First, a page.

Each year, Nonna takes home the silver medal when critics hand gold to a similar restaurant, Lucia, in the pasta Olympics. Indeed, while Lucia is on every list of the city’s best restaurants, Nonna often gets snubbed.
And to get more literal about that aura of secrecy: For a strip-mall restaurant, Nonna is weirdly hard to find. The signless front door is underneath a sign for the ownership’s catering business. At the peak of dinner service, every window is covered in discreet dark brown shades to prevent prying eyes from seeing which local celebrities are dining in a slightly too dark room. It’s common for older visitors to flash cellphone lights onto their menus. Of course, it’s also common for me, after living four blocks away for almost five years, to walk right past the door.
But this is Highland Park, so in-the-loop customers know where to step in. They also know that behind the dark veil over the windows, a team supervised by executive chef Julian Barsotti produces a menu of pizzas, pastas and wood-fired meats that is revised and updated every day. During a decade of service here, Barsotti has opened two more restaurants with another in the works, but Nonna remains an excellent place to eat and a closely guarded neighborhood secret.
Given how frequently Nonna’s menu changes, it’s hard to offer firm recommendations. But look out for pastas that seem especially in tune with the fresh produce of the season. In February, the star was agnolotti filled with a smoky-sweet puree of sunchokes and topped with small, paper-thin, crisped-up slices of kale and ham ($18). The sunchoke-filled pasta was rich and almost creamy while the kale and meat provided a spark of contrast in both texture — crispness against the smooth backdrop — and in their sharper savory flavor. It was a marvel of a bowl, gone in a week.
Shortly afterward, chef de cuisine Leslie Gomez moved on to a celebration of spring, with a bowl of penne pasta sprinkled with diced morel mushrooms ($19). The housemade pasta was cooked to al dente perfection, the cream sauce just shy of being too rich. (For $7 extra, any pasta can be enlarged to a main course size, but Nonna’s waiters actively and correctly discourage this.)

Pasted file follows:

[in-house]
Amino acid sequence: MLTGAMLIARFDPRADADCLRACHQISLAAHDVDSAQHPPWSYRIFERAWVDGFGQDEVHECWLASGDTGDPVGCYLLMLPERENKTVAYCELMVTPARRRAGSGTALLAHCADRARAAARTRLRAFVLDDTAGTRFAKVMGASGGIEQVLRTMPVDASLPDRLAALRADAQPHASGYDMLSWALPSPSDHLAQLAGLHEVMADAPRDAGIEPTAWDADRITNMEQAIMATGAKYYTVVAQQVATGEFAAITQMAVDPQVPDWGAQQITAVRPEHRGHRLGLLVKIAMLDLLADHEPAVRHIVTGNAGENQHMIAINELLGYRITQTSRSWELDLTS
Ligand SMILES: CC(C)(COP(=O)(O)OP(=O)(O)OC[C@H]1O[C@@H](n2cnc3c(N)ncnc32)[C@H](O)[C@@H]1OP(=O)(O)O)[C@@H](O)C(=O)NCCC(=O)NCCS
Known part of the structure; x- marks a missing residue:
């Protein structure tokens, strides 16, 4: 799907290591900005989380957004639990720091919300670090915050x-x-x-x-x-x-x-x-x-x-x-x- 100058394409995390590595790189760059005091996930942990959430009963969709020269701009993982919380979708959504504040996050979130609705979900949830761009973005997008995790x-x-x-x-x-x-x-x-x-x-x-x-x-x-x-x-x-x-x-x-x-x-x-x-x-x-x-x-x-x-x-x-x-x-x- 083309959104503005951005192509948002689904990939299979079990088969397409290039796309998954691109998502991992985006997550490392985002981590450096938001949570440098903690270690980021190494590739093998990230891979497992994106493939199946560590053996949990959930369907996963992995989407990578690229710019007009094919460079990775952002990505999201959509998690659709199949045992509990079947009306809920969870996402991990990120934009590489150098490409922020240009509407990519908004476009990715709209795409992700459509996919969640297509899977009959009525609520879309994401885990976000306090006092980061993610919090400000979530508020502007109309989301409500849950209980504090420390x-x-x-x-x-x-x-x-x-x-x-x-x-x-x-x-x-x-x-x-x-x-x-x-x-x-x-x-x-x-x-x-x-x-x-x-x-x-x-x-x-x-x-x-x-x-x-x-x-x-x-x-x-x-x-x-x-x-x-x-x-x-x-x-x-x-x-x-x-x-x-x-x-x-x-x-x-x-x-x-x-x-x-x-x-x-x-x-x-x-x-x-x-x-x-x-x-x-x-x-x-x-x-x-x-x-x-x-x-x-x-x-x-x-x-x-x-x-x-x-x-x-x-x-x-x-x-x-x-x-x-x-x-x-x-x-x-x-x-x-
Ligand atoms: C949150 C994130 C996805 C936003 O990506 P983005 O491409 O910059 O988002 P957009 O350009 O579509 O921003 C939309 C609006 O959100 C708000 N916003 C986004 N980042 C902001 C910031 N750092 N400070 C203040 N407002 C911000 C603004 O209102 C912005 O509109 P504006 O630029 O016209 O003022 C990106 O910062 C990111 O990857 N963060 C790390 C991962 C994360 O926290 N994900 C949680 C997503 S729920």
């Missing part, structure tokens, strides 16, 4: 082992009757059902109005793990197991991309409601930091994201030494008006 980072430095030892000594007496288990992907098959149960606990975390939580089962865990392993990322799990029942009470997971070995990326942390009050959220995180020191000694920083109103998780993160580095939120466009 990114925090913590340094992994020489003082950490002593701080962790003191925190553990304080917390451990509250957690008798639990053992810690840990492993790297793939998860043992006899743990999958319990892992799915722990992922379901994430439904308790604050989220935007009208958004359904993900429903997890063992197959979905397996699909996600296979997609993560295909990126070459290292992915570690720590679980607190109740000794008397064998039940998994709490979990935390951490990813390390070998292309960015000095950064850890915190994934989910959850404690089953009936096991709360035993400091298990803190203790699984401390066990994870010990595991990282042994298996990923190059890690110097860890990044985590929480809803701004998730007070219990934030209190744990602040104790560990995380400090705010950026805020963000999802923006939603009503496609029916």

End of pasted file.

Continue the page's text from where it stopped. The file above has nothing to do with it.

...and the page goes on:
Since Nonna opened 10 years ago, Barsotti has expanded his restaurant empire to Carbone’s, also in Highland Park and specializing in red-sauce Italian-American classics, and Sprezza, a sort of more casual version of Nonna with a bustling trade in Roman-style pizzas.
That’s the risk of expanding a business too quickly. But while Sprezza’s star may be waning, Barsotti still treats Nonna like a home base. Once at lunchtime, my companion and I complained about the solo businessman at the next table practically shouting into his cellphone. Then we realized that the offender was the owner.
“Without a doubt, it’s my home base,” Barsotti said of Nonna on a later phone call. “This is the place I get to cook on the most. Nonna is where I’m most comfortable in the kitchen. I have my knives here.”
Barsotti said that, at 10 years old, Nonna’s customer base is mainly composed of regulars.
“I feel like Dallas, especially, chases the trends,” he explained. “I don’t know who that audience is, but they flock from spot to spot. Recalling it, we once were that spot here. Nonna’s first year and a half or so, it was the hot restaurant. And I think about how much better we’ve got since then.”
That’s the thing about trend-chasers: They often miss kitchens at their best.
For a certain type of customer, Fachini sounds like catnip. That clientele will probably not overlap much with the crowd at Nonna, which prefers the discretion and unsung excellence of one of the city’s most overlooked restaurants. This quiet dining room, behind its poorly marked door and thick window shades, will continue to be the least talked-about Barsotti restaurant.
It will probably also continue to be the best.
Nonna, 4115 Lomo Alto Drive, 214-521-1800, nonnadallas.com. Open 5:30-9 p.m. Monday through Thursday, 11:30 a.m. to 2 p.m. and 5:30-10 p.m. Friday, and 5:30-10 p.m. Saturday. Opening delayed to 6 p.m. in summer months.